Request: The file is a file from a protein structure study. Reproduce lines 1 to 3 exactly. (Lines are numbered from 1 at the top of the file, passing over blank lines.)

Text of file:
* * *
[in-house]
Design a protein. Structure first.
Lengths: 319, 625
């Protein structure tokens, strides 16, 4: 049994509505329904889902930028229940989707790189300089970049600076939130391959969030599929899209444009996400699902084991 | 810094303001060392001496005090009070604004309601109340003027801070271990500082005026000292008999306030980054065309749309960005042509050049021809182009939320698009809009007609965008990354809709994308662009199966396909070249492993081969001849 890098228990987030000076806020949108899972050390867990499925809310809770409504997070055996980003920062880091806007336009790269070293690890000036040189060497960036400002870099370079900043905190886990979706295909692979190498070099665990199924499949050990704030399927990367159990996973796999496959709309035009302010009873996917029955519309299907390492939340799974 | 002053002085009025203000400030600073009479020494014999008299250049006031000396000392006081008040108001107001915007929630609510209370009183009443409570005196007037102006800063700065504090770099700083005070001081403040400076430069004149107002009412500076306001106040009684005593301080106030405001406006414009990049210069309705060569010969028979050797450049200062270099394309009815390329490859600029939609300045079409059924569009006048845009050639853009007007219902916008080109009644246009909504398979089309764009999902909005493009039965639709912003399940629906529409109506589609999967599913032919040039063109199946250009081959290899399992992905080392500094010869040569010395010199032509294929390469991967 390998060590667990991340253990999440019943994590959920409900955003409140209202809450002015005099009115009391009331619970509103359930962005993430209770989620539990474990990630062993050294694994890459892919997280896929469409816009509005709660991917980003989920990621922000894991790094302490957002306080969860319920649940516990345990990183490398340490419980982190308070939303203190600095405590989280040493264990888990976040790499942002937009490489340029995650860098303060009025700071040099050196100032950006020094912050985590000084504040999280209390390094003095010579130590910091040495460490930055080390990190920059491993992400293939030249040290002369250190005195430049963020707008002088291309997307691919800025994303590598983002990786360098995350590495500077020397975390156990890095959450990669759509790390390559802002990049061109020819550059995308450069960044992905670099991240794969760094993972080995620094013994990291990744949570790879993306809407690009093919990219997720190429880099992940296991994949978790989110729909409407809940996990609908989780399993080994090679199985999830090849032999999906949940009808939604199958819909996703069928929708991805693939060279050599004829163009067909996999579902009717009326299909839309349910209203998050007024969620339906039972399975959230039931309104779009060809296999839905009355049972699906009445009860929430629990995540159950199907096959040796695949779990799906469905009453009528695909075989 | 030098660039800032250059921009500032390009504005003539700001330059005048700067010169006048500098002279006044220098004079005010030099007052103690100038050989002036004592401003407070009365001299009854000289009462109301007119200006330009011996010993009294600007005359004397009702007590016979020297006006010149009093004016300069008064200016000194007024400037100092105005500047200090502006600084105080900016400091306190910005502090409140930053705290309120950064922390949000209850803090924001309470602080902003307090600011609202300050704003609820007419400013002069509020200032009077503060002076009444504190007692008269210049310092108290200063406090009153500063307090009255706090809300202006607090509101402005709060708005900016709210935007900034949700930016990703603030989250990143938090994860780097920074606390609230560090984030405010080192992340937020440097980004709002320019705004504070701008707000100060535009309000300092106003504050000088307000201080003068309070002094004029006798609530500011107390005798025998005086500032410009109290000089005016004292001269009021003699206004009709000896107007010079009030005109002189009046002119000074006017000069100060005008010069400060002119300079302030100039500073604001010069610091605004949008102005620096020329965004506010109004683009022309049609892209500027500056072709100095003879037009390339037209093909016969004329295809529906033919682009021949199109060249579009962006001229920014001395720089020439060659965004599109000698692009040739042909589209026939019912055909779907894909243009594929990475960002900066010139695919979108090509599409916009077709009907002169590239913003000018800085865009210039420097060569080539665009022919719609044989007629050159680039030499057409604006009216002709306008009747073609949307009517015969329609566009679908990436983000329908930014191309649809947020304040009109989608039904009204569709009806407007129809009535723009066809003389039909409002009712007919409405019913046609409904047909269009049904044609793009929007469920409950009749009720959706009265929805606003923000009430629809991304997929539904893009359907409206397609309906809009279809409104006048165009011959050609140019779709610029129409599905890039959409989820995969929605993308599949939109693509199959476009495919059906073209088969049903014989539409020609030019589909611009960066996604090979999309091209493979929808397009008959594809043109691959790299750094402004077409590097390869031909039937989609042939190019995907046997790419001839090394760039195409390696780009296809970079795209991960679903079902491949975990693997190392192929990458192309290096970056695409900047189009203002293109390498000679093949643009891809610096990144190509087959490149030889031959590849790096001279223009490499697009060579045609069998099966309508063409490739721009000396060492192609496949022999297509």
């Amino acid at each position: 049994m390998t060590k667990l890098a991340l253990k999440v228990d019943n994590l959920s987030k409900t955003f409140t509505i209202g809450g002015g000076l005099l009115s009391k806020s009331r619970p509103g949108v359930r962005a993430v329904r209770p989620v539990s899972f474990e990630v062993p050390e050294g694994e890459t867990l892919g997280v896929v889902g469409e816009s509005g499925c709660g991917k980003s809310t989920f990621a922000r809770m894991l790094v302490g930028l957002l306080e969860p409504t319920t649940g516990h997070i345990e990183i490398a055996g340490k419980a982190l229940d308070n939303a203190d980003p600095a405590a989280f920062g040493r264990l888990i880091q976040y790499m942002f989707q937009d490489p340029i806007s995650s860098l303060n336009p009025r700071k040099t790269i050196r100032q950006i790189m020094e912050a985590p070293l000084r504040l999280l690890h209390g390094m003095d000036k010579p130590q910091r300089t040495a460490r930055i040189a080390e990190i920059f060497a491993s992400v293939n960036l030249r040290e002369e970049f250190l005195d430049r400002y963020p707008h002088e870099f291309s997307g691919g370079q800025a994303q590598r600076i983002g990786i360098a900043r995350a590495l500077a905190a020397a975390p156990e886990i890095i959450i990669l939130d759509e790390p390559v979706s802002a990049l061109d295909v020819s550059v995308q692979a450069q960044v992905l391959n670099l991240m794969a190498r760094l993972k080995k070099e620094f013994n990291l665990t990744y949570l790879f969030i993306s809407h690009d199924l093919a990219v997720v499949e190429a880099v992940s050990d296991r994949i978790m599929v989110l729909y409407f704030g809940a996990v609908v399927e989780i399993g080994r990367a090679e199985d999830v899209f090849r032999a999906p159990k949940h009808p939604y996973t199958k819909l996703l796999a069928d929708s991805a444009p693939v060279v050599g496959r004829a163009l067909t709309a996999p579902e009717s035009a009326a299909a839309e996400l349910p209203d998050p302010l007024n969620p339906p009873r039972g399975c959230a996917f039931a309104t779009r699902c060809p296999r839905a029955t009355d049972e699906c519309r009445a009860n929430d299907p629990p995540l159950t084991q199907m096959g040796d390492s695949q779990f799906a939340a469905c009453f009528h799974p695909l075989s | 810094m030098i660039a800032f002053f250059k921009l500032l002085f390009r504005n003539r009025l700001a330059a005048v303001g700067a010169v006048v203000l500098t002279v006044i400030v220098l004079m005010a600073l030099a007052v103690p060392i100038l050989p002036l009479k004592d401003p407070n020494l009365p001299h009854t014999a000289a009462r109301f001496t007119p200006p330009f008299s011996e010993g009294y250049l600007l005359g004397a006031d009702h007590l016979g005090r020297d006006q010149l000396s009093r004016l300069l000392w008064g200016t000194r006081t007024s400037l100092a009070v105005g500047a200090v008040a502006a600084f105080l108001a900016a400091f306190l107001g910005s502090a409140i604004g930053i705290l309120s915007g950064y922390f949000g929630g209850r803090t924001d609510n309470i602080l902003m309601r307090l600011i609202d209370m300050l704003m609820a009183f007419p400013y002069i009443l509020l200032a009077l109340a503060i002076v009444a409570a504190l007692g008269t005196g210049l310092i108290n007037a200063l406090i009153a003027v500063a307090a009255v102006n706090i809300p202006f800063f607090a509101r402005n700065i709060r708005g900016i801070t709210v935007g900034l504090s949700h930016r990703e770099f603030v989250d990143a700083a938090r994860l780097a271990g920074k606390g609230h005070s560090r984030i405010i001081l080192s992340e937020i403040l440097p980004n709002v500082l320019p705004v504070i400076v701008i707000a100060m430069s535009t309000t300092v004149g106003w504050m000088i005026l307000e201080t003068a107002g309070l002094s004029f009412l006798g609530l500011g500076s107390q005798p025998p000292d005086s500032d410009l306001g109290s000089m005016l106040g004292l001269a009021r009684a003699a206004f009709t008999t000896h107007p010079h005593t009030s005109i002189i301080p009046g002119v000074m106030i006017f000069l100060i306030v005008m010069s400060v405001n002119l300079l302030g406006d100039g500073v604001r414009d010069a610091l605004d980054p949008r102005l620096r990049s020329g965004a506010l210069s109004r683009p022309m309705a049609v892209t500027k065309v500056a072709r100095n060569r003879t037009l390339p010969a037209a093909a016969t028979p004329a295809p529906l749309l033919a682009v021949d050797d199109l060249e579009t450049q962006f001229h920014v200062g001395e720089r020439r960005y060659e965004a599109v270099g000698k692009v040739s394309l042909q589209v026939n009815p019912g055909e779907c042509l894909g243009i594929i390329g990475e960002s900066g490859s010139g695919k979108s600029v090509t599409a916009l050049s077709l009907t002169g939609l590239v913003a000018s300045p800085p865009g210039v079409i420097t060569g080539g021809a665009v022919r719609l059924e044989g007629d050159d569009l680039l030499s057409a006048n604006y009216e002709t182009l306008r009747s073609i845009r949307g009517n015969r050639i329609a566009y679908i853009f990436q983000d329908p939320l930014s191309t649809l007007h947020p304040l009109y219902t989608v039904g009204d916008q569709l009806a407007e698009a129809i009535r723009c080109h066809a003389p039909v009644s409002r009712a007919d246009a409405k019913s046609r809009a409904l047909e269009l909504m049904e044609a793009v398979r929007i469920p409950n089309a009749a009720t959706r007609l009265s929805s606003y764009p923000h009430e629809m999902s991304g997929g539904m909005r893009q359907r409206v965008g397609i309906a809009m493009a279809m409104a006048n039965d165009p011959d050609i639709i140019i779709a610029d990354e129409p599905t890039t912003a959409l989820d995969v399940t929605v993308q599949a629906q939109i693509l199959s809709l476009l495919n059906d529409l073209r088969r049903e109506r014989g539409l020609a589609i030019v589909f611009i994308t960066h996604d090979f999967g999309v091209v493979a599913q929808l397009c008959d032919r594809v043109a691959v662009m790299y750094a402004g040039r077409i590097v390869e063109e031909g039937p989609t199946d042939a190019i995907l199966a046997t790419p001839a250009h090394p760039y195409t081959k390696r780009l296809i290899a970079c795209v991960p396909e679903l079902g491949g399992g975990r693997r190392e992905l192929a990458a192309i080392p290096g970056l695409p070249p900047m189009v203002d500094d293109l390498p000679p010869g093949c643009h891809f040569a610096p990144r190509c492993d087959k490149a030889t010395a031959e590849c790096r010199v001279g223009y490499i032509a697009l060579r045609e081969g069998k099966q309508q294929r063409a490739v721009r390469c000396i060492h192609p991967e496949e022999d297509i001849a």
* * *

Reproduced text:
[in-house]
Design a protein. Structure first.
Lengths: 319, 625